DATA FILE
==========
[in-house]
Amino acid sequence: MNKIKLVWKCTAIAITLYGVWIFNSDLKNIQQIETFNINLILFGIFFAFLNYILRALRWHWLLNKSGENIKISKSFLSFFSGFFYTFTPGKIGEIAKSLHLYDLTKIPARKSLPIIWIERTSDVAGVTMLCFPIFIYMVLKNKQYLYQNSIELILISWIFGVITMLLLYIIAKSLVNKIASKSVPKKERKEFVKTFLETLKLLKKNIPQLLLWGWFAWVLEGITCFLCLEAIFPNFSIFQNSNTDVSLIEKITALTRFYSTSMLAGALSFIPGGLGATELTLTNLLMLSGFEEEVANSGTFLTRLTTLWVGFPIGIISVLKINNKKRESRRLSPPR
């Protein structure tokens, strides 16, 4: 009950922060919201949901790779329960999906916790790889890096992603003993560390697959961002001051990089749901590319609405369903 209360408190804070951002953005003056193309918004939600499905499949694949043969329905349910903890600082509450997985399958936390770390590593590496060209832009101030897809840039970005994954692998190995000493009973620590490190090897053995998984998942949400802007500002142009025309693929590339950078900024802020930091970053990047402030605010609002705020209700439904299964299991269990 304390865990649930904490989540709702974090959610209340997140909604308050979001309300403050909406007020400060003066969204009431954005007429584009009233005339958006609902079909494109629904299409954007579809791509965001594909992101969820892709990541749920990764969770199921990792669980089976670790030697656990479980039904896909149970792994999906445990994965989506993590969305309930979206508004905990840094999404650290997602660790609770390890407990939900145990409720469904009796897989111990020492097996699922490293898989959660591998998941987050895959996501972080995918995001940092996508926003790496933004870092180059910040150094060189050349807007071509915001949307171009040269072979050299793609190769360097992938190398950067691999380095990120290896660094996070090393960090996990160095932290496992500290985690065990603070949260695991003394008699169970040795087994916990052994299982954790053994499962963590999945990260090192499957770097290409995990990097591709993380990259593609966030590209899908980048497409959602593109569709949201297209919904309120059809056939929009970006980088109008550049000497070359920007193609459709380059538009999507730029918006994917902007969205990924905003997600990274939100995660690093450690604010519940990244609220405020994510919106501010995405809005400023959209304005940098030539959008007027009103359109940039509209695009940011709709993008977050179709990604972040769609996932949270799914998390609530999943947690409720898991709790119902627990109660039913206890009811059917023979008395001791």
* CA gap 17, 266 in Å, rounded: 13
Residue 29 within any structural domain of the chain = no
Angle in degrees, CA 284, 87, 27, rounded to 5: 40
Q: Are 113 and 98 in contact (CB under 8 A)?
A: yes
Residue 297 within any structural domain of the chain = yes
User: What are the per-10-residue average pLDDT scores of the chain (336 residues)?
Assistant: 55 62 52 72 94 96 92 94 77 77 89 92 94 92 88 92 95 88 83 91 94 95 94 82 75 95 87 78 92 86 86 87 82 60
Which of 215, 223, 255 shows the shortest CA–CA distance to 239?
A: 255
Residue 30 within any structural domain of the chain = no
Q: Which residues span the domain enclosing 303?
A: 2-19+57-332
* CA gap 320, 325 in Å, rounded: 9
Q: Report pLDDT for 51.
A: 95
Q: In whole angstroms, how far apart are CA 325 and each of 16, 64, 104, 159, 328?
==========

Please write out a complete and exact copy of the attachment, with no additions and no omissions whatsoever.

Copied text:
[in-house]
Amino acid sequence: MNKIKLVWKCTAIAITLYGVWIFNSDLKNIQQIETFNINLILFGIFFAFLNYILRALRWHWLLNKSGENIKISKSFLSFFSGFFYTFTPGKIGEIAKSLHLYDLTKIPARKSLPIIWIERTSDVAGVTMLCFPIFIYMVLKNKQYLYQNSIELILISWIFGVITMLLLYIIAKSLVNKIASKSVPKKERKEFVKTFLETLKLLKKNIPQLLLWGWFAWVLEGITCFLCLEAIFPNFSIFQNSNTDVSLIEKITALTRFYSTSMLAGALSFIPGGLGATELTLTNLLMLSGFEEEVANSGTFLTRLTTLWVGFPIGIISVLKINNKKRESRRLSPPR
């Protein structure tokens, strides 16, 4: 009950922060919201949901790779329960999906916790790889890096992603003993560390697959961002001051990089749901590319609405369903 209360408190804070951002953005003056193309918004939600499905499949694949043969329905349910903890600082509450997985399958936390770390590593590496060209832009101030897809840039970005994954692998190995000493009973620590490190090897053995998984998942949400802007500002142009025309693929590339950078900024802020930091970053990047402030605010609002705020209700439904299964299991269990 304390865990649930904490989540709702974090959610209340997140909604308050979001309300403050909406007020400060003066969204009431954005007429584009009233005339958006609902079909494109629904299409954007579809791509965001594909992101969820892709990541749920990764969770199921990792669980089976670790030697656990479980039904896909149970792994999906445990994965989506993590969305309930979206508004905990840094999404650290997602660790609770390890407990939900145990409720469904009796897989111990020492097996699922490293898989959660591998998941987050895959996501972080995918995001940092996508926003790496933004870092180059910040150094060189050349807007071509915001949307171009040269072979050299793609190769360097992938190398950067691999380095990120290896660094996070090393960090996990160095932290496992500290985690065990603070949260695991003394008699169970040795087994916990052994299982954790053994499962963590999945990260090192499957770097290409995990990097591709993380990259593609966030590209899908980048497409959602593109569709949201297209919904309120059809056939929009970006980088109008550049000497070359920007193609459709380059538009999507730029918006994917902007969205990924905003997600990274939100995660690093450690604010519940990244609220405020994510919106501010995405809005400023959209304005940098030539959008007027009103359109940039509209695009940011709709993008977050179709990604972040769609996932949270799914998390609530999943947690409720898991709790119902627990109660039913206890009811059917023979008395001791």
* CA gap 17, 266 in Å, rounded: 13
Residue 29 within any structural domain of the chain = no
Angle in degrees, CA 284, 87, 27, rounded to 5: 40
Q: Are 113 and 98 in contact (CB under 8 A)?
A: yes
Residue 297 within any structural domain of the chain = yes
User: What are the per-10-residue average pLDDT scores of the chain (336 residues)?
Assistant: 55 62 52 72 94 96 92 94 77 77 89 92 94 92 88 92 95 88 83 91 94 95 94 82 75 95 87 78 92 86 86 87 82 60
Which of 215, 223, 255 shows the shortest CA–CA distance to 239?
A: 255
Residue 30 within any structural domain of the chain = no
Q: Which residues span the domain enclosing 303?
A: 2-19+57-332
* CA gap 320, 325 in Å, rounded: 9
Q: Report pLDDT for 51.
A: 95
Q: In whole angstroms, how far apart are CA 325 and each of 16, 64, 104, 159, 328?